Spanish and Italian government bonds advanced, with Spain’s two-year yield dropping to a record, as industry reports showing growth in euro-area manufacturing fueled speculation the region’s recovery is gaining momentum.
Italian 10-year yields declined below 4 percent for the first time since May, shrinking the premium investors demand to hold the securities instead of similar-maturity German bunds to the least in 2 1/2 years. German government securities fell as demand for the region’s safest assets waned. German bunds lost 2.1 percent last year, the worst performer of 15 euro-area sovereign-debt markets tracked by Bloomberg World Bond Indexes.
“We’ve had some good data in Europe, that’s supported a general risk-on theme in fixed income,” said Owen Callan, an analyst at Danske Bank A/S in Dublin. “People are starting the new year with a bit more firepower and are able to get onto some risk-on trades in the periphery,” he said, referring to the securities of Europe’s higher-yielding debt markets.
Spain’s two-year yield slid 21 basis points, or 0.21 percentage point, to 1.18 percent at 4:27 p.m. London time after dropping to 1.169 percent, the lowest since Bloomberg began compiling the data in 1993. The 3.75 percent note maturing in October 2015 rose 0.37, or 3.70 euros per 1,000-euro ($1,368) face amount, to 104.57.
The nation’s 10-year rate declined 17 basis points to 3.97 percent.
The Italian 10-year yield dropped 12 basis points to 3.97 percent after falling to 3.96 percent, the least since May 23. The spread of the securities over similar-maturity bunds shrank to as little as 202 basis points, the narrowest since July 2011.
Euro-area manufacturing expanded for a sixth month in December, Markit Economics said, citing a survey of purchasing managers. The index was 52.7, matching the previous estimate released on Dec. 16, and above the level of 50 that indicates growth. The reading for Italy climbed to 53.3 from 51.4 in November, while Spain’s was 50.8, beating a forecast of 49.8 in a Bloomberg News survey of economists.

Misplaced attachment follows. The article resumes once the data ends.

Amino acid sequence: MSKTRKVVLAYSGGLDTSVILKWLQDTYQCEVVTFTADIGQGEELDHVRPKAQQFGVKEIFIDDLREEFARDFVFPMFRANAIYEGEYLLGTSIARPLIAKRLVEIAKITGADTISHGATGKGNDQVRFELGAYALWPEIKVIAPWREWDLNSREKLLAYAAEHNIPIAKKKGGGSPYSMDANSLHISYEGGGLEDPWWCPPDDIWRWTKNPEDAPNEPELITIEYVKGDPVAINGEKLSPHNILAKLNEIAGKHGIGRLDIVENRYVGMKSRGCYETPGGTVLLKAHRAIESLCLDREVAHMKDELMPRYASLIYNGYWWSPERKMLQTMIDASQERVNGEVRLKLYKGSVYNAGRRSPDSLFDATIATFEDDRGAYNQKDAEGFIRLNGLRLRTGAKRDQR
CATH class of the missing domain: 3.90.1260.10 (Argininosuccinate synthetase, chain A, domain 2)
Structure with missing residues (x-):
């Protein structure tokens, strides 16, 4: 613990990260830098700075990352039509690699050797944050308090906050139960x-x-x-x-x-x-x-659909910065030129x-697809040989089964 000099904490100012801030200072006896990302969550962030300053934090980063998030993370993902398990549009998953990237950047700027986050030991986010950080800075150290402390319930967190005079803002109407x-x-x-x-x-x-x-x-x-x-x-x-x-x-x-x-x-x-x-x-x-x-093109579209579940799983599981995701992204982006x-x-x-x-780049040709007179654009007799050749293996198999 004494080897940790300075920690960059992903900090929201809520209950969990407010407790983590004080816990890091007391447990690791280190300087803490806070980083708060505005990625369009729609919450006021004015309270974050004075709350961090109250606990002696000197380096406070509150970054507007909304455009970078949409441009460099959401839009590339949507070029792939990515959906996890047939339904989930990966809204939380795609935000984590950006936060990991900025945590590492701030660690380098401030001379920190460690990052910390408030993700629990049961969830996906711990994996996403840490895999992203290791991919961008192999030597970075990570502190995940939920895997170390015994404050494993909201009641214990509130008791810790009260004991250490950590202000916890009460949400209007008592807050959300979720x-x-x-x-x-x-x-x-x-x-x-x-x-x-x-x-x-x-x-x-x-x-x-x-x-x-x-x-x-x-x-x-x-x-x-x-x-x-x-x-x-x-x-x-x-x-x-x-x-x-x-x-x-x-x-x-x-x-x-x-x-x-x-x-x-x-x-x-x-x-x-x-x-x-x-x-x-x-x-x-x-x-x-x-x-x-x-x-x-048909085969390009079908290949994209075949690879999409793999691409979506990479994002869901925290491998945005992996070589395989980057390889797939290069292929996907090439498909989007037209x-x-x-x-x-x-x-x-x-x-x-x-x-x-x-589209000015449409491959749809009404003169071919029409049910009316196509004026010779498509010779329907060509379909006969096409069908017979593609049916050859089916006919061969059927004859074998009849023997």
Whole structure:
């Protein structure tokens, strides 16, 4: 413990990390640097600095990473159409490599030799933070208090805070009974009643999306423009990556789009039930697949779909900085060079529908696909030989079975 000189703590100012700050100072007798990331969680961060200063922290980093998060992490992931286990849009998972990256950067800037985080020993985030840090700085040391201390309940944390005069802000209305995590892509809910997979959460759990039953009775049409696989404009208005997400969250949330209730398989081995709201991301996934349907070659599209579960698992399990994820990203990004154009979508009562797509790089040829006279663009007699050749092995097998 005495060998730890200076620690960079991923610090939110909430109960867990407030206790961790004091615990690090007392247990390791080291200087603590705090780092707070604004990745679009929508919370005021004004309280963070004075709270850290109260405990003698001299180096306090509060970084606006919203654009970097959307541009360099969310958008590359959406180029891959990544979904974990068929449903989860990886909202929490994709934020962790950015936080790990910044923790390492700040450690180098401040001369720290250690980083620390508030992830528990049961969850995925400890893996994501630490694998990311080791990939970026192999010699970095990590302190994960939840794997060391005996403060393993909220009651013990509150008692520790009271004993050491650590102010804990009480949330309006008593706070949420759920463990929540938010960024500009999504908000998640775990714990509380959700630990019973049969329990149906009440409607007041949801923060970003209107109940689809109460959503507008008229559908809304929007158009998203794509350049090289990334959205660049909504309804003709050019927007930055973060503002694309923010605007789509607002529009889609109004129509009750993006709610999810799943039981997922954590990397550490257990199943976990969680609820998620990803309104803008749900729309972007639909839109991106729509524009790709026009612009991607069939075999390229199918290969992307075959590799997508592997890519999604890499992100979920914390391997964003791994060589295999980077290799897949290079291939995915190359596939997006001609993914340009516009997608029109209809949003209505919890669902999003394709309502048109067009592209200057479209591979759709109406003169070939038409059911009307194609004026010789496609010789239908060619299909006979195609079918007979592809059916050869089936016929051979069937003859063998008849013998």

Spanish two-year note yields surged to a euro-era record 7.147 percent in July 2012 as the region’s worsening debt crisis spurred concern the euro would be dismantled. They have fallen since European Central Bank President Mario Draghi said that month that policy makers would do “whatever it takes” to safeguard the single currency.
Germany’s 10-year bund yield increased one basis point today to 1.94 percent after climbing to 1.97 percent, the highest level since Sept. 23.
The German benchmark will climb to 2.25 percent by year-end, according to the median estimate of 16 economists and strategists in a Bloomberg News survey.
Investors have been waiting for the start of the new year to allocate funds to the euro-area’s higher-yielding bond markets, according to Luca Jellinek, head of European rates strategy at Credit Agricole Corporate & Investment Bank.
“Late 2013 we heard a repeated refrain from clients, which was: ‘I’ll buy more periphery in the new year,” London-based Jellinek said. “It makes sense if you’ve already made money. The PMIs of Italy and Spain were robust and that always helps.”
Greek securities returned 48 percent last year, the best performer of the 15 euro-area sovereign-debt markets tracked by Bloomberg World Bond Indexes. Spanish bonds rose 11 percent and Italy’s gained 7.6 percent.